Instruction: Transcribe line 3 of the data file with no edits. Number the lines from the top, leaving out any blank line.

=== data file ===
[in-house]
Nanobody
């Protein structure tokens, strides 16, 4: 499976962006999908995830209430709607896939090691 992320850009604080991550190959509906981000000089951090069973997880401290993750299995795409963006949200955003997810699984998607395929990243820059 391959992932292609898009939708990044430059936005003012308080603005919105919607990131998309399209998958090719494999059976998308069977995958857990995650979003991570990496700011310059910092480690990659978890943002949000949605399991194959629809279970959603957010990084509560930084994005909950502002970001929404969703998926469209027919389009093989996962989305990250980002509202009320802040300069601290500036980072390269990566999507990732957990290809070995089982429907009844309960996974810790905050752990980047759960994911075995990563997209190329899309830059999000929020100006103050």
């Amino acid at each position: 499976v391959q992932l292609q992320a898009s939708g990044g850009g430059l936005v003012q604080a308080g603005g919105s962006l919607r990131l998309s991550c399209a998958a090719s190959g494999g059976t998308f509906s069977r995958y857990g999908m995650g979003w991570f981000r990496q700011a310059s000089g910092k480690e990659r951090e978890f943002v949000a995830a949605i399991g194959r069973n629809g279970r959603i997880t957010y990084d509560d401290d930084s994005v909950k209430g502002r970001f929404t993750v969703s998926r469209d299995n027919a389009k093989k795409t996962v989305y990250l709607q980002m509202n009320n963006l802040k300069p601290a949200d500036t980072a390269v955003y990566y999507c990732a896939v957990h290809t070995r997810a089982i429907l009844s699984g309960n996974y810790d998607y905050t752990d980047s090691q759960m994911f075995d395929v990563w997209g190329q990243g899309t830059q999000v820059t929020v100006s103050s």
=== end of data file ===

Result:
């Protein structure tokens, strides 16, 4: 499976962006999908995830209430709607896939090691 992320850009604080991550190959509906981000000089951090069973997880401290993750299995795409963006949200955003997810699984998607395929990243820059 391959992932292609898009939708990044430059936005003012308080603005919105919607990131998309399209998958090719494999059976998308069977995958857990995650979003991570990496700011310059910092480690990659978890943002949000949605399991194959629809279970959603957010990084509560930084994005909950502002970001929404969703998926469209027919389009093989996962989305990250980002509202009320802040300069601290500036980072390269990566999507990732957990290809070995089982429907009844309960996974810790905050752990980047759960994911075995990563997209190329899309830059999000929020100006103050």